February 10, 2005
Call the fireman,’’ yelps Philippe Baufre (30), mimicking himself responding to a nasty spice-surprise at lunch during his first visit to India.
That was last year, in Yellapur, Karnataka. He’d also been bolted into his room (‘‘perhaps that was because their daughters were sleeping outside; the man-woman relationship in this country is a different planet’’) but none of the surprises stopped Baufre from returning.
So the policeman with a wicked sense of humour is back in Mumbai for a slice of India with 25 other French nationals, all being hosted by members of the East West Cultural Association.
The members—most speak excellent French—put up their guests in their suburban one- or two-bedroom homes and try to make pav bhaji without green chillies.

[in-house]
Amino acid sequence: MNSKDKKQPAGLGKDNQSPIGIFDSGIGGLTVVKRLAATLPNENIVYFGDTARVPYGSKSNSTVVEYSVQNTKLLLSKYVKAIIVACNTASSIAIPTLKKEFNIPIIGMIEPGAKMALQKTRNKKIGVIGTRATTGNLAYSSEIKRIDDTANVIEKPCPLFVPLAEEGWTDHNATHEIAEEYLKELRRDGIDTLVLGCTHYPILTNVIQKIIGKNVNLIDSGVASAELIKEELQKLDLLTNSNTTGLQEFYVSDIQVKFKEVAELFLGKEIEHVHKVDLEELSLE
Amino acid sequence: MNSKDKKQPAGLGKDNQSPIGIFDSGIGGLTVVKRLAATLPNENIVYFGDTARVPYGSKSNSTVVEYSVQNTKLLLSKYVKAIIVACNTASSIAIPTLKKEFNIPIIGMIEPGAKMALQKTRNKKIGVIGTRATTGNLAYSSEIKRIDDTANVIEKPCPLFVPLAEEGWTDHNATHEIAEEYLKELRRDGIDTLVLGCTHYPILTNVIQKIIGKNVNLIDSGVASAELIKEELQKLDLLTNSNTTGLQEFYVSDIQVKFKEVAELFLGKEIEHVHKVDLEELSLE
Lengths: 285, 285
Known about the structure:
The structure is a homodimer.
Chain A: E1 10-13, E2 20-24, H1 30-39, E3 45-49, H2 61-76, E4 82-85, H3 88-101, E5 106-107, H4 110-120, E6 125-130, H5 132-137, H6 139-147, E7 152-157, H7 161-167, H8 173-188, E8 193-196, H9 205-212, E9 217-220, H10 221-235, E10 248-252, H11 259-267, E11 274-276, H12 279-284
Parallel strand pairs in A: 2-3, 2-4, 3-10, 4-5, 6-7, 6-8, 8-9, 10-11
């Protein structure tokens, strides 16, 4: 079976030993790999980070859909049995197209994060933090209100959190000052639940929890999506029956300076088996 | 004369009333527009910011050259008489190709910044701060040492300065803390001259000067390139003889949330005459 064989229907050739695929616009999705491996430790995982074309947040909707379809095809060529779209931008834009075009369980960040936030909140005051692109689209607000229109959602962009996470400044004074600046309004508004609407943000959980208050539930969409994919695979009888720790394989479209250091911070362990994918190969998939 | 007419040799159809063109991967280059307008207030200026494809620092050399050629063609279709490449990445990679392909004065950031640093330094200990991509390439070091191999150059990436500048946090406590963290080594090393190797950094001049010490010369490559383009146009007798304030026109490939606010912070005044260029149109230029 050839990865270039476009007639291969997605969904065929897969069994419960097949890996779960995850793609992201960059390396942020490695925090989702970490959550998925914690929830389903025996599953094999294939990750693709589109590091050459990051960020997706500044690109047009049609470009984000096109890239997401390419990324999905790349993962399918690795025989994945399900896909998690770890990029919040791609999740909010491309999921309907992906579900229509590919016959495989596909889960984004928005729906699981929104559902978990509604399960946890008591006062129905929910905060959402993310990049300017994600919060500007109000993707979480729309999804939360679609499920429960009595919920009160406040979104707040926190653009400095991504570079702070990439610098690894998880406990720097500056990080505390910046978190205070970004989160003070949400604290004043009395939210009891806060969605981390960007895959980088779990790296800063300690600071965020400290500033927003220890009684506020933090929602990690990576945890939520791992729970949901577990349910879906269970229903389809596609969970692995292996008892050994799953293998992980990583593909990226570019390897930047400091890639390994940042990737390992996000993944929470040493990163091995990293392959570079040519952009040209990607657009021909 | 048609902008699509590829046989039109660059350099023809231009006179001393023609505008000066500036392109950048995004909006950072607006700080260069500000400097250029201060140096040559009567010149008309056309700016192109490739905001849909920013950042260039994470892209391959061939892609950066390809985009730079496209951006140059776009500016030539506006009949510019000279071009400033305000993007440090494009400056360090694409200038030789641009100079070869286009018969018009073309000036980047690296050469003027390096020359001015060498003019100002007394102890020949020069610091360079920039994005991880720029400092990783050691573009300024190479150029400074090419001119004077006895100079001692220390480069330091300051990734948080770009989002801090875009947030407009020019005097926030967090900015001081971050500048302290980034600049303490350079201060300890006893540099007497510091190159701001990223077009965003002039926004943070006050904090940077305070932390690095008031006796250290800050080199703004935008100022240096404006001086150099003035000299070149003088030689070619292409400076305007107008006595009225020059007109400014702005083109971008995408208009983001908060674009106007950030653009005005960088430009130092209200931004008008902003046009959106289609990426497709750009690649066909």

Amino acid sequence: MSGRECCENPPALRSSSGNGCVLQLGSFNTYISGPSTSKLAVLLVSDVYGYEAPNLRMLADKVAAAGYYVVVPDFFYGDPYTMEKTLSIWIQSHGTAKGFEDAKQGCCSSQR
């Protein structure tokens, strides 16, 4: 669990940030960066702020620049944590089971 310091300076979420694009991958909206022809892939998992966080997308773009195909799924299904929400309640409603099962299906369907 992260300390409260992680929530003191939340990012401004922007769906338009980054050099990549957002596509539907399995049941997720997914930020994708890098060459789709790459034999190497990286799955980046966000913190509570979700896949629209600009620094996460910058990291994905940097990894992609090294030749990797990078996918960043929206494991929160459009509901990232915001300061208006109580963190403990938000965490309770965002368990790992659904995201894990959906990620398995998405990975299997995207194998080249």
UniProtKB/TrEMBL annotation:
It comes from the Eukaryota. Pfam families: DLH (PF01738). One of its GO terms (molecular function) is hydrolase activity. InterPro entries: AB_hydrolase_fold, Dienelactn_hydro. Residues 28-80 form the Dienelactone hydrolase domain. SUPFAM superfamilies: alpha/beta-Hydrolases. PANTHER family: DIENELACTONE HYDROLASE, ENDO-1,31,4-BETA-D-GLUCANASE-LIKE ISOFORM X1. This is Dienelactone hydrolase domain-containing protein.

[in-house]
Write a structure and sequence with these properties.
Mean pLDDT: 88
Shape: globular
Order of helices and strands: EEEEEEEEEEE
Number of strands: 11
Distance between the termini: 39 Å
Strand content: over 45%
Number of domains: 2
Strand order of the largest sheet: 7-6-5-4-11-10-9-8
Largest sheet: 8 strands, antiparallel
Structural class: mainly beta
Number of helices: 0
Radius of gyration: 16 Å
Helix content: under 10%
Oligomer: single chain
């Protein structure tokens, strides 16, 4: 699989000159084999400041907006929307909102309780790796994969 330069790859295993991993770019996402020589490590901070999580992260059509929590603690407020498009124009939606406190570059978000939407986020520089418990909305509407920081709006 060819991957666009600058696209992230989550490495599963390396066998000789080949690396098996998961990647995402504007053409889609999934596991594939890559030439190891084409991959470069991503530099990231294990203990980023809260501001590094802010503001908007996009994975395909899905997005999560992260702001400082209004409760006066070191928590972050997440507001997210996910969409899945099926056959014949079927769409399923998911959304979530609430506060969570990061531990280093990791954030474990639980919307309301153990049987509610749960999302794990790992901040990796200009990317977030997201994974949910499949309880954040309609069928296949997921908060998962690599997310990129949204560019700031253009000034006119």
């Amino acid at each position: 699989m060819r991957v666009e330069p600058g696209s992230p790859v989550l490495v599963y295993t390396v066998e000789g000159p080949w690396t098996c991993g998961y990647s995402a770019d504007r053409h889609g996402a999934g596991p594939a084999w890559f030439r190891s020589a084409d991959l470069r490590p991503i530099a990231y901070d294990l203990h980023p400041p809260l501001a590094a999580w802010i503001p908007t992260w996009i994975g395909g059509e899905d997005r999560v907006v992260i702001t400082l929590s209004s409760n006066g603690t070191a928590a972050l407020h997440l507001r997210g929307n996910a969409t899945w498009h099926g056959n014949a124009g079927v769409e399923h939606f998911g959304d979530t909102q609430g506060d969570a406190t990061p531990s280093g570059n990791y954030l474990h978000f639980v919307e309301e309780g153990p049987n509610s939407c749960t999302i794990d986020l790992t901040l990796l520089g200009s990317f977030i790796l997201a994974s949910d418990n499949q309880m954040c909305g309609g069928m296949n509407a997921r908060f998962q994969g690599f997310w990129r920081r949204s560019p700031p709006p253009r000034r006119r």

The visitors are members of Perspectives Asiennes, the East West Association’s French counterpart. And many are veterans, quite familiar with squat-style Indian toilets and pickpockets.
This is Sabine Godart’s sixth time in Mumbai. And on Monday, it was a cheerful reunion for the 49-year-old and earlier host, Uday Deshpande, head of the Samarth Vyayam Mandir.
‘‘I’m no tourist,’’ Godart says. A lecturer in French literature for
26 years, she’s more interested in “how Indian families live’’. Other interests include Dhobi Ghat, ayurveda and mysticism—all part of mode de vie Indien or the Indian way of life.
And, while Baufre’s host TV actress Bijal Batavia (26) speaks fluent French, others have to improvise. ‘‘Sometimes, by the time I finish making signs, the conversation has moved on,’’ says Godart’s host Sheela Nimkar.
But they learn, as do their guests.
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